Last edited by Bearded_Seth at Jul 18, 2010,
#21
Quote by Bearded_Seth

Missed the point entirely. It doesn't matter if it's not ok to other people. It's not YOUR culture. It's THEIR culture. A DIFFERENT culture.

As my hypothetical 'new' culture would be to 09phillt.

Look, no one is asking you to take a gun and fight these people for this woman's freedom, they are simply asking you to help in asking them politely to refrain from this barbaric act, is that really such a problem for you?
Last edited by SlackerBabbath at Jul 18, 2010,
#22
She was aware of their laws.

She broke their laws.

She is being punished according to their laws.

It sucks. But she saw this coming.
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#23
we should not get involved in foreign affairs
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#24
Quote by Lt.DanHasLegs
She was aware of their laws.

She broke their laws.

She is being punished according to their laws.

It sucks. But she saw this coming.


She was accused of having an affair with someone after the death of her husband, she made a confession under the duress of being wipped and later recanted it. There is no evidence to say that she actualy broke any of their laws apart from rumour and a confession made while being tortured.
#25
It's not as if we're asking them to stop worshipping Allah, or to turn to Christianity, we're just asking them not to kill a woman for such a ridiculous reason. Culture shouldn't be an excuse to take away human rights.
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#26
Quote by SlackerBabbath
As my 'new' culture would be to 09phillt.

Look, no one is asking you to take a gun and fight these people for this woman's freedom, they are simply asking you to help in asking them politely to refrain from this barbaric act, is that really such a problem for you?


No, but it's just a pointless endeavor.

It's like telling you to go to the shops and not buy anything. A pointless waste of energy. Didn't the woman even kill her husband or something?
#27
Is clicking a button really such a waste of energy? I could understand if you had to drive somewhere to do it.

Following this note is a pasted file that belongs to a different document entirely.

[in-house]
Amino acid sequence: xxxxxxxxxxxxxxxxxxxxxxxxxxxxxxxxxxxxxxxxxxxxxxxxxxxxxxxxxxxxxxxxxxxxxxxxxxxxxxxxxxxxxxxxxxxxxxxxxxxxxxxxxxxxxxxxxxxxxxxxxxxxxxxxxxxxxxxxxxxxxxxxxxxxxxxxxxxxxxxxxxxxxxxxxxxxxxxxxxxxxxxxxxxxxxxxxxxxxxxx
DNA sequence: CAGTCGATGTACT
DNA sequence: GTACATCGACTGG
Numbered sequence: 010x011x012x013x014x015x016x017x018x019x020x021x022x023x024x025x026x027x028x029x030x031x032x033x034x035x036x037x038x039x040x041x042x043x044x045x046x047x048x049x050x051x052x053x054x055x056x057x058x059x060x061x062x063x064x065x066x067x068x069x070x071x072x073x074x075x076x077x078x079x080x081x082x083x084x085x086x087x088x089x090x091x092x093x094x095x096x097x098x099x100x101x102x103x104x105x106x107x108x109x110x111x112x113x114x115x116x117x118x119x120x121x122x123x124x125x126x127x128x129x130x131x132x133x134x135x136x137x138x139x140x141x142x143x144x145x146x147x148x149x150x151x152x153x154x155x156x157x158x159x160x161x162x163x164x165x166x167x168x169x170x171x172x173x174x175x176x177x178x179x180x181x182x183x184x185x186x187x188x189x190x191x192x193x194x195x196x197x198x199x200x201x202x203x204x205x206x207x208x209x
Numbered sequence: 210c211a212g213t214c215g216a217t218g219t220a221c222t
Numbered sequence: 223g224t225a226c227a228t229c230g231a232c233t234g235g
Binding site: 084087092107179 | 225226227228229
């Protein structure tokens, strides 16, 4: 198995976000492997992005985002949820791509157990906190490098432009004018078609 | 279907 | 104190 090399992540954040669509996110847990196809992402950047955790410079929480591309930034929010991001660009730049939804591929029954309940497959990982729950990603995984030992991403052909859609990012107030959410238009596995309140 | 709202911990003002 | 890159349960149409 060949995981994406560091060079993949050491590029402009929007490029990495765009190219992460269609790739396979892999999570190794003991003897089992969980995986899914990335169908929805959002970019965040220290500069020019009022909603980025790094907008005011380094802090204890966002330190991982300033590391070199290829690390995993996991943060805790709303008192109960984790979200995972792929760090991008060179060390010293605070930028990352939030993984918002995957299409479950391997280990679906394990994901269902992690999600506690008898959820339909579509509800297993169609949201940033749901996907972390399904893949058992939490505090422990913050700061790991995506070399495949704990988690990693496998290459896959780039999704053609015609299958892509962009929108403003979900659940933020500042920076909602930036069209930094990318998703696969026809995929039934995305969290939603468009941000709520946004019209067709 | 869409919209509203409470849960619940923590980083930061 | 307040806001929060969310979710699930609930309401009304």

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#28
Quote by SlackerBabbath
She was accused of having an affair with someone after the death of her husband, she made a confession under the duress of being wipped and later recanted it. There is no evidence to say that she actualy broke any of their laws apart from rumour and a confession made while being tortured.

That's what I get for making uninformed statements.

But even if she had done it all. It's an entirely unjust law obviously.
Quote by Strato-Massacre
yeah you shouldnt have told the pit to rape your mom.

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#29
Am I the only one who looks at this and wonders why this specific case is being given such massivev media attention. In a lot of the middle-east stoning is used as a punishment for crimes which we might not consider worthy of such brutality. However there is something incredibly suspicious that the case being given such massive publicity, at the moment is one in Iran. Considering the massive amount of human rights abuses that occur all over the world - in Saudi Arabia, China, lots of places considered to be our allies.

When you consider the fact that there is a massive agenda to pursue war in Iran then it becomes clear that the case is being publicied so massively not to 'save a poor helpless women' but instead to promote public support in the western world for aggression in Iran and if that happens thousands of poor helpless: men, women and children will die.

Obviously I think this sort of punishment is wrong. But I think you need to step back and take a look at the agenda behind the publicity.
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Last edited by Jhay_Dee at Jul 18, 2010,
#30
Quote by Jhay_Dee
Am I the only one who looks at this and wonders why this specific case is being given such massivev media attention. In a lot of the middle-east stoning is used as a punishment for crimes which we might not consider worthy of such brutality. However there is something incredibly suspicious that the case being given such massive publicity, at the moment is one in Iran. Considering the massive amount of human rights abuses that occur all over the world - in Saudi Arabia, China, lots of places considered to be our allies.

When you consider the fact that there is a massive agenda to pursue war in Iran then it becomes clear that the case is being publicied so massively not to 'save a poor helpless women' but instead to promote public support in the western world for aggression in Iran and if that happens thousands of poor helpless: men, women and children will die.

Obviously I think this sort of punishment is wrong. But I think you need to step back and take a look at the agenda behind the publicity.

The "agenda" behind all the publicity is her son. Demonic I know.
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#31
Quote by Bearded_Seth
No, but it's just a pointless endeavor.

It's like telling you to go to the shops and not buy anything. A pointless waste of energy. Didn't the woman even kill her husband or something?